4A.5 Representing People in Severe Weather Warning Systems

Tuesday, 14 January 2020: 9:30 AM
152 (Boston Convention and Exhibition Center)
Brenda Philips, Univ. of Massachusetts Amherst, Amherst, MA; and D. Westbrook, J. Trainor, E. Lyons, C. League, and A. Bajaj

Severe weather warning systems identify hazard risk and disseminate warnings so that individuals may keep themselves, loved ones, and property safe. An important barrier to integrating social and behavioral science research into operational severe weather warning systems is that current technology has limited ability to represent people as a data element in warning systems. There are data elements for threat identification, such as radar observations and forecast models that depict the spatial and temporal characteristics of the weather threats, indicate forward motion, intensity, and probabilities. There are data elements for warning, deterministic polygons that show the spatial extent of areas of risk for people, and contain qualitative information on hazard types, hazard arrival times by town, protective action recommendations, and confidence. Having threats and warnings as data elements allows NWS forecasters, emergency managers or software to rapidly link these elements. In contrast, individuals have not been not represented as data elements. Consequently, warning systems primarily broadcast general warning messages to the public at large, and it is up to individuals ensure they receive the warnings, interpret their level of personal risk, and determine if protective action is feasible and necessary. More recently, through services such as Wireless Emergency Alerts, people are represented by their current location, however, there is still no social and behavioral context associated with that person’s location, and warning messages are still general. Next generation warning systems should have the technical capability to disseminate personalized warnings to individuals. These warning systems will be able to represent individuals as a complex data element, so that dynamic weather risk can be rapidly linked to each individuals’ probable locations, perceptions, and vulnerability. Advances in high resolution weather sensing, the Internet of Things, smart phones, mobility enabled Information and Communications Technology (ICT), and cloud computing makes these individualized warnings possible.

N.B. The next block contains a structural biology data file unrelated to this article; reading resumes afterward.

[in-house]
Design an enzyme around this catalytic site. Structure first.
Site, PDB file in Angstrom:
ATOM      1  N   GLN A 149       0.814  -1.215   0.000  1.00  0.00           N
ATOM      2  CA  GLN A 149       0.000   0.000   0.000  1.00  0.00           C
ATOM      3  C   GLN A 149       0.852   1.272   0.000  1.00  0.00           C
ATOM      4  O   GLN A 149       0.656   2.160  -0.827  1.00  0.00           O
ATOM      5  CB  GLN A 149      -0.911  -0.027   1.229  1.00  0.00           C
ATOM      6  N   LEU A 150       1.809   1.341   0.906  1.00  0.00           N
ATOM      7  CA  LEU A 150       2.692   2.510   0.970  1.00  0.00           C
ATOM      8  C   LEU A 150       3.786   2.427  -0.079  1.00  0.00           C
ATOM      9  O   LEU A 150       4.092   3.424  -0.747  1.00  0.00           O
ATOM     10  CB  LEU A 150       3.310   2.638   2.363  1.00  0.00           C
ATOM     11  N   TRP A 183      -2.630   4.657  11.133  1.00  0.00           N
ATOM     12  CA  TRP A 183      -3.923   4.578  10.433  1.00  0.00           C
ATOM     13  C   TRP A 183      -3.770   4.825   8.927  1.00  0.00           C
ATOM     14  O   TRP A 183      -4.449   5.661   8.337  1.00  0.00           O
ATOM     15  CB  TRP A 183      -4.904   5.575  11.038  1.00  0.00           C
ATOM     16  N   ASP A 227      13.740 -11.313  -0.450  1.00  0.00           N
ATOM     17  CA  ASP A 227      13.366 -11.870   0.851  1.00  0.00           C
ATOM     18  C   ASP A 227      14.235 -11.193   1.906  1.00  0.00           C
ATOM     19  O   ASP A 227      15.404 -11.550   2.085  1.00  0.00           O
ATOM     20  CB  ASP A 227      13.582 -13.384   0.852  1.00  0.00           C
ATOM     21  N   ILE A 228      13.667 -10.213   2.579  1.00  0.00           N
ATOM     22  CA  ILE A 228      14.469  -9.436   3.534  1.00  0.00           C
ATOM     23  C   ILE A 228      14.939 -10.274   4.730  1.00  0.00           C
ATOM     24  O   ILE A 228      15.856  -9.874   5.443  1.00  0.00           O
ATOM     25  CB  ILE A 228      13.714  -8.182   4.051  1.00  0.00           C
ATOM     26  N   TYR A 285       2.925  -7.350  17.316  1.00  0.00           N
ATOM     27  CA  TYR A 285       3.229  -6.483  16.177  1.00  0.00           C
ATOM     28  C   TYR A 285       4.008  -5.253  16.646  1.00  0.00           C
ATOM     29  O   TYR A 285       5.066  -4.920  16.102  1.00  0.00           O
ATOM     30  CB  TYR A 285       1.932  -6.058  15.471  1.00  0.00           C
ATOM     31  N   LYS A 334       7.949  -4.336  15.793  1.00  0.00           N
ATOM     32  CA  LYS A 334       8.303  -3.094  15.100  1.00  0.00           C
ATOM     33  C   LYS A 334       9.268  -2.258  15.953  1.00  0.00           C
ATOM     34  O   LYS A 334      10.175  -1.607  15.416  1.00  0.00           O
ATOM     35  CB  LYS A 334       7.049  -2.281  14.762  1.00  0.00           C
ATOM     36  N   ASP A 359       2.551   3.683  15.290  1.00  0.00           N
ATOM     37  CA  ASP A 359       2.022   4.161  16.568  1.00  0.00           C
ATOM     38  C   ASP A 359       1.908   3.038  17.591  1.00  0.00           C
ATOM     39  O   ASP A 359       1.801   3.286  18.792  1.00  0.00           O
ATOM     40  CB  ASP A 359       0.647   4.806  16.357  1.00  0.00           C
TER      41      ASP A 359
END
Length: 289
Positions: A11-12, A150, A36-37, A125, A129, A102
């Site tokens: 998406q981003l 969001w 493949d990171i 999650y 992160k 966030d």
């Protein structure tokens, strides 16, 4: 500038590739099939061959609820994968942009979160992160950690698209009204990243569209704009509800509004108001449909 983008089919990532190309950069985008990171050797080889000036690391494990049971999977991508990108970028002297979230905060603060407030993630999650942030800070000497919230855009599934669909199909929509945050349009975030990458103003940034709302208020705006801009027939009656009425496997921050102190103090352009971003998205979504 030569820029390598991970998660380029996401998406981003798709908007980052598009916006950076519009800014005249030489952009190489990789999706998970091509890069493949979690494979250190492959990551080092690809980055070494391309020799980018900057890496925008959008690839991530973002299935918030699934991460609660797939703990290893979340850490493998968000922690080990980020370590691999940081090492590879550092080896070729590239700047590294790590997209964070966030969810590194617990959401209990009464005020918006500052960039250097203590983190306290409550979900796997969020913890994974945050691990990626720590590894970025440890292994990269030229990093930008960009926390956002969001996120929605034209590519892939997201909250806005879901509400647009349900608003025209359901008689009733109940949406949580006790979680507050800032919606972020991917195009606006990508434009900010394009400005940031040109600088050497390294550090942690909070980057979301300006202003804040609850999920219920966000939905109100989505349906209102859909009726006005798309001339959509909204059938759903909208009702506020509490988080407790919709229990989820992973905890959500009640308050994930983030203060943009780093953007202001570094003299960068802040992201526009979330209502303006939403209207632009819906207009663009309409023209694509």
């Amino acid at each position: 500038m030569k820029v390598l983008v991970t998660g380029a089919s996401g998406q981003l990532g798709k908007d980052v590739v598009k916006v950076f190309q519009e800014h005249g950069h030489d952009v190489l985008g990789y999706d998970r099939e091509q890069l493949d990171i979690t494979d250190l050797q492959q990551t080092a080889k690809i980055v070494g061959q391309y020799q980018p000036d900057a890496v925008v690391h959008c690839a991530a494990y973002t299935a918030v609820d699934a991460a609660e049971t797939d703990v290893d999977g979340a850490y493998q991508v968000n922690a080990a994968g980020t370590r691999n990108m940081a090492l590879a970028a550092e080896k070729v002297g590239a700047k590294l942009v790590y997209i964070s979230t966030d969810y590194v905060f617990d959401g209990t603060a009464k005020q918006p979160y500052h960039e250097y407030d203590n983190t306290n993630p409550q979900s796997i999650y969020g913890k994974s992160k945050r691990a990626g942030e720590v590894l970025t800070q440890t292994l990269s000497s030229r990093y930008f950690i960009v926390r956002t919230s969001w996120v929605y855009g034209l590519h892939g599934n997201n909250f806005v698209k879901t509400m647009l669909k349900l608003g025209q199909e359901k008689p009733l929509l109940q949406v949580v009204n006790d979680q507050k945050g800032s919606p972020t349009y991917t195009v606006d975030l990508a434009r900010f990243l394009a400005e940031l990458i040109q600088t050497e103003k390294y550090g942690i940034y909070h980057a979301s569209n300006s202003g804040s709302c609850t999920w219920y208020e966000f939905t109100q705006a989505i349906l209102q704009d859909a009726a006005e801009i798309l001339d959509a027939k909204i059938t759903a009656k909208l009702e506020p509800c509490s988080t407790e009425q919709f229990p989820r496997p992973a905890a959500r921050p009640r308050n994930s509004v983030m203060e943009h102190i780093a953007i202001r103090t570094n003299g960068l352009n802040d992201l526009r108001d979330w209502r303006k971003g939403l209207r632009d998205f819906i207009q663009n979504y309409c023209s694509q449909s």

CASA, a multidisciplinary center focused on high resolution warning systems, is pursuing research towards individualized warnings. CASA has created a research platform for next generation warning systems in the Dallas Fort Worth Metroplex where research can be conducted during live severe weather events with stakeholders and the general public. As part of this research platform, we have created a mobile phone app called CASA Alerts that delivers real-time, personalized weather alerts to individuals. The app also functions as a tool for conducting cross-sectional and longitudinal research on warning perception and behaviors through mobile phone surveys and collecting individual location data which can be linked in time and in space to weather data. Our research has identified that individual mobility patterns, derived from cell phone location data are a promising data element for representing people in operational warning systems. After describing the research platform, we will discuss the results of a pilot project based on warning people using their mobility patterns and individual contexts.

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